‘Secure Pork’ plan aims to ensure pig flow from uninfected farms during FAD outbreak
If a foreign animal disease (FAD) were to hit the US pork industry, the impact could be dramatic and widespread — most likely resulting in government-mandated quarantines around the affected areas to stop the disease from spreading.
“The quarantine would affect both infected and non-infected animal premises,” said Pam Zaabel, DVM, with the Center for Food Health and Security, Iowa State University. “The goal of the Secure Pork plan is to ensure that uninfected pork premises caught in the quarantine can continue on with business.”
Officially known as the Secure Pork Supply Plan, the initiative has received funding from USDA Animal and Plant Health Inspection Service, as well as the National Pork Board. Other industries, such as poultry, beef and dairy have similar plans in the works. In fact, many of those plans work together so that producers and animal-health officials who have to address multiple species will have plans that work in tandem.
Past animal-health challenges in the US — poultry’s highly pathogenic avian influenza (HPAI) outbreak in 2015 and pork’s bout with porcine epidemic diarrhea virus (PEDV) beginning in 2013, for instance — provided lessons that plan developers have used to revise and update quarantine protocols.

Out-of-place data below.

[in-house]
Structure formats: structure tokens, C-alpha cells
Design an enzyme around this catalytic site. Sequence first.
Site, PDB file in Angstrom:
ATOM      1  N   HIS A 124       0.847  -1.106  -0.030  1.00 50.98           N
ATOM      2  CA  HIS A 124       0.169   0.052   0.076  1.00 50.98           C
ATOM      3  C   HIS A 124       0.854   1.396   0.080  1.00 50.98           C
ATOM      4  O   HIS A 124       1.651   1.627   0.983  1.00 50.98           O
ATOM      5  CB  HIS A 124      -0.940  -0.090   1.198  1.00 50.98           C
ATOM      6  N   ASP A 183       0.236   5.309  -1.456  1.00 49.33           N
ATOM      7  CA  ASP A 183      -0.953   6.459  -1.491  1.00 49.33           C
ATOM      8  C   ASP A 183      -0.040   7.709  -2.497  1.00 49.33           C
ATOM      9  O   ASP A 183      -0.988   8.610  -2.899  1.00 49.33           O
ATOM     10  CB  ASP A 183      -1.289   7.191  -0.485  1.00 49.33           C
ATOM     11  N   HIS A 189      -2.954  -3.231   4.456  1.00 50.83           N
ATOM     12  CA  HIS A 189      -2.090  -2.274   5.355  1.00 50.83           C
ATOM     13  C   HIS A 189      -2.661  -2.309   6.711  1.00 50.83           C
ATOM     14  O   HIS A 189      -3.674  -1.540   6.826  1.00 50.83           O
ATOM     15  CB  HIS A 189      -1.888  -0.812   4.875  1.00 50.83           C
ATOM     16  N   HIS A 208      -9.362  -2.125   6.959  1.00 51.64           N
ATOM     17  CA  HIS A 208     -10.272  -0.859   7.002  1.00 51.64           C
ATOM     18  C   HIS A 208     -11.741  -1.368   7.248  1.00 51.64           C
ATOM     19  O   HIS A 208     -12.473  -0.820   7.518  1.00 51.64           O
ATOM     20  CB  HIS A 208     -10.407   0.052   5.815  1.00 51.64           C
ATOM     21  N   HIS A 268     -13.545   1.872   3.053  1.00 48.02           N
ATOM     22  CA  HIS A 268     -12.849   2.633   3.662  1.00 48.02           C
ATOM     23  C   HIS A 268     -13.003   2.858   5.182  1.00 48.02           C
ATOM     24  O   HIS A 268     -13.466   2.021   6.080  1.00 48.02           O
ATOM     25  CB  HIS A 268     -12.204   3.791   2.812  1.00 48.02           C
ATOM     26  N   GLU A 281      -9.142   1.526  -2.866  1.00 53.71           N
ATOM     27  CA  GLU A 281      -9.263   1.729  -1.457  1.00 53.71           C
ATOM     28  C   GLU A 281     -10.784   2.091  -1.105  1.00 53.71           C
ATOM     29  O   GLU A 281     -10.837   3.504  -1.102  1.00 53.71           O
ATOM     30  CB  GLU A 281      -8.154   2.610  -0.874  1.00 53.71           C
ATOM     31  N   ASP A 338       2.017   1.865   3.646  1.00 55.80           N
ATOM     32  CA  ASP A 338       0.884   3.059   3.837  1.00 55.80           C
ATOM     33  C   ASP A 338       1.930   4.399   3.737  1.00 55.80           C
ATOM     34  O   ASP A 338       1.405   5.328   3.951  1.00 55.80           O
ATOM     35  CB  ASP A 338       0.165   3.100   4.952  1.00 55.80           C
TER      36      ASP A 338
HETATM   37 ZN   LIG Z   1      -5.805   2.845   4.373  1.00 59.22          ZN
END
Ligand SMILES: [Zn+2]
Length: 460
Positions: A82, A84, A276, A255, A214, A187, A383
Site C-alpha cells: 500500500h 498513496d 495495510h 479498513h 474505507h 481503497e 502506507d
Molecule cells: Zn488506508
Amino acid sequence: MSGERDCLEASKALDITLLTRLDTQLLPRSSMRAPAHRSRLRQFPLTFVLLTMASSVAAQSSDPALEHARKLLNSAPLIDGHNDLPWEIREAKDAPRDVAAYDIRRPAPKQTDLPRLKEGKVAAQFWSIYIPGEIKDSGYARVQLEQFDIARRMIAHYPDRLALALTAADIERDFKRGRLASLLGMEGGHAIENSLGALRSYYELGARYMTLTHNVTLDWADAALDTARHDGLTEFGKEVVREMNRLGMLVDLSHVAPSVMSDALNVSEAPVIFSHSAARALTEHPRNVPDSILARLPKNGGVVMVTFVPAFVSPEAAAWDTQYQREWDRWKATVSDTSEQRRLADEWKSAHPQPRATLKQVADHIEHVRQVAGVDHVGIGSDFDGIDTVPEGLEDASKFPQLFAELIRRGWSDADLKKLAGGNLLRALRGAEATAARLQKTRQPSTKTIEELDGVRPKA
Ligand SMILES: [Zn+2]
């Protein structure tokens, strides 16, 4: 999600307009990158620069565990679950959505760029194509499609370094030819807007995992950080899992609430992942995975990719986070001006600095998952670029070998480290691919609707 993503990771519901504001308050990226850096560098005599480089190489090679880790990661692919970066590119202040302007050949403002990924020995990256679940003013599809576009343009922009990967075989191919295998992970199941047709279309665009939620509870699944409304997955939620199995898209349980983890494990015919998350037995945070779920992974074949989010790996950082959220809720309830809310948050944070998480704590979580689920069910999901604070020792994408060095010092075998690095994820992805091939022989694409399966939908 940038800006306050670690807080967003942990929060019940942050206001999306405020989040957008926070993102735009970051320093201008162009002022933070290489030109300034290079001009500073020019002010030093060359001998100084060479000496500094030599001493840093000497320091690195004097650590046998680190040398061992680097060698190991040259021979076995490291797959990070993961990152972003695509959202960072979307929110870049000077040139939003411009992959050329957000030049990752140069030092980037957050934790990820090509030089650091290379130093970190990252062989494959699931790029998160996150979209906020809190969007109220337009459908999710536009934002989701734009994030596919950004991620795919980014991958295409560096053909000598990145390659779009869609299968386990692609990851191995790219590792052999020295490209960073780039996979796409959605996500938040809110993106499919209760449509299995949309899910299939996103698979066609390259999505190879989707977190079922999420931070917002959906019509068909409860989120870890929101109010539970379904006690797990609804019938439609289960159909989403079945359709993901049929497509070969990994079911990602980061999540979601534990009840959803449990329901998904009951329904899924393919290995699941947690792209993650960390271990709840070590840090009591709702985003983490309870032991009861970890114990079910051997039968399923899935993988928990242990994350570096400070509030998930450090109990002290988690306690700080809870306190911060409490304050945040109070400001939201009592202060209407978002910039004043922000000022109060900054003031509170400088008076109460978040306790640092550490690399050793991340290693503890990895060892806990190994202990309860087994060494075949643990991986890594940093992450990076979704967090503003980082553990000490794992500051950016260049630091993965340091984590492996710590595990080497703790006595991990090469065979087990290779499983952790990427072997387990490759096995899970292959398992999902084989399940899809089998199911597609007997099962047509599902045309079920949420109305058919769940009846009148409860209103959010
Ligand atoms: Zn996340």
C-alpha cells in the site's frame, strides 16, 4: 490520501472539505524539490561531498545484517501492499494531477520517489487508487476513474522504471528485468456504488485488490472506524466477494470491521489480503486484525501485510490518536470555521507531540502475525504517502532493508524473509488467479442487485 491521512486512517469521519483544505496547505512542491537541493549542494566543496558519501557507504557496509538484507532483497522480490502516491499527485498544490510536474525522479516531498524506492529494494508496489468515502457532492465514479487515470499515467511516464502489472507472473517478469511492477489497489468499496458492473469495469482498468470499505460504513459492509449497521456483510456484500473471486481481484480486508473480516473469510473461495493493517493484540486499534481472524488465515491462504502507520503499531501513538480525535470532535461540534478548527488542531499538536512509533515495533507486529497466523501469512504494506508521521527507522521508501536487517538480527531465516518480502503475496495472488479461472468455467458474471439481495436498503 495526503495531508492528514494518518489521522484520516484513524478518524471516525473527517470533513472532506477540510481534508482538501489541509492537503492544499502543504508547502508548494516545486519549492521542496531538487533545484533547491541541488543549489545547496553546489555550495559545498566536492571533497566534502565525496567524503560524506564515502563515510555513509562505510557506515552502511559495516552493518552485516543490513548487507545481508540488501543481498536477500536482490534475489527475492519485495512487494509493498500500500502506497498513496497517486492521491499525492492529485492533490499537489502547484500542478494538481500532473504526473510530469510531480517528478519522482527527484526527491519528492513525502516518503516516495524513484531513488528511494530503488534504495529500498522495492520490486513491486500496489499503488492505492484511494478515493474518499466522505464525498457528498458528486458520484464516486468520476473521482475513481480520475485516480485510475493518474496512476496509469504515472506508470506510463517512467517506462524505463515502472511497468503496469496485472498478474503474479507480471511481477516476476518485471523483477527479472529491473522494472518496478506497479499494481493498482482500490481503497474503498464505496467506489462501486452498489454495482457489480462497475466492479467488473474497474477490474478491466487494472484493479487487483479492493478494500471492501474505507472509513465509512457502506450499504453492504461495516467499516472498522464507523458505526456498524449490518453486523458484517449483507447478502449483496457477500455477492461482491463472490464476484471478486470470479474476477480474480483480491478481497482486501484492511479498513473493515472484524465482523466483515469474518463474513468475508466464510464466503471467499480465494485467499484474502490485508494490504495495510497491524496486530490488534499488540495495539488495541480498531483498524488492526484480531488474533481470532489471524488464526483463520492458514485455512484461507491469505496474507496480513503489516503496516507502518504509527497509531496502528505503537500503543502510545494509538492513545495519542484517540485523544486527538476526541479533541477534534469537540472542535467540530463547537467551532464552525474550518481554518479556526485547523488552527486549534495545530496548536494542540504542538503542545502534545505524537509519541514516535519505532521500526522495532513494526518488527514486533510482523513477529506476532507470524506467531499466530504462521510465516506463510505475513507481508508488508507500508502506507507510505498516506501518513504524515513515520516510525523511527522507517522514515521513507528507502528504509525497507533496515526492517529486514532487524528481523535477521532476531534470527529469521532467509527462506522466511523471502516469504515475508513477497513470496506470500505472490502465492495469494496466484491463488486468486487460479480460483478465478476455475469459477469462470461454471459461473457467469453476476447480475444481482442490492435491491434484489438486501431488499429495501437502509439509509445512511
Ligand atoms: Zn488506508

“The pork industry has a lot of good biosecurity measures in place, but from the HPAI break [in poultry] we learned there’s a big difference between biosecurity for the endemic diseases that we have and biosecurity for the diseases that we don’t have,” Zaabel told Pig Health Today.
For example, she added, “PEDV helped us realize that there aren’t enough truck washes in the US to handle an FAD outbreak.”
Biosecurity is at the heart of Secure Pork. The program outlines steps pork producers must address — some now and some later.
The first step is to be prepared with a written biosecurity and implementation plan for each production site. “One thing we added after HPAI was a biosecurity manager for the production site — someone to ensure that employees are trained on biosecurity measures and that anyone coming onto the site knows the biosecurity steps that they need to follow,” Zaabel noted.
Disease surveillance is another measure that on-farm personnel can help advance. Because veterinarians and animal-health officials would be pushed to the max in an FAD outbreak, having farm employees who are trained in proper sample collection is vital.
“People are already collecting oral fluids for PRRS (porcine reproductive and respiratory syndrome), so understanding how to collect and send those samples in for FADs is important,” Zaabel said.
It’s also important for each production site to have a premises identification number. “This needs to reflect the actual location of the animals,” she added, “not a house or an office in town, so that the animals can be quickly identified during an outbreak.”
Producers will be the ones to enroll in the Secure Pork Supply Plan, but swine veterinarians will play a significant role. “Veterinarians can start by making sure there are biosecurity measures in place now and identify additional measures for when an outbreak occurs,” Zaabel concluded.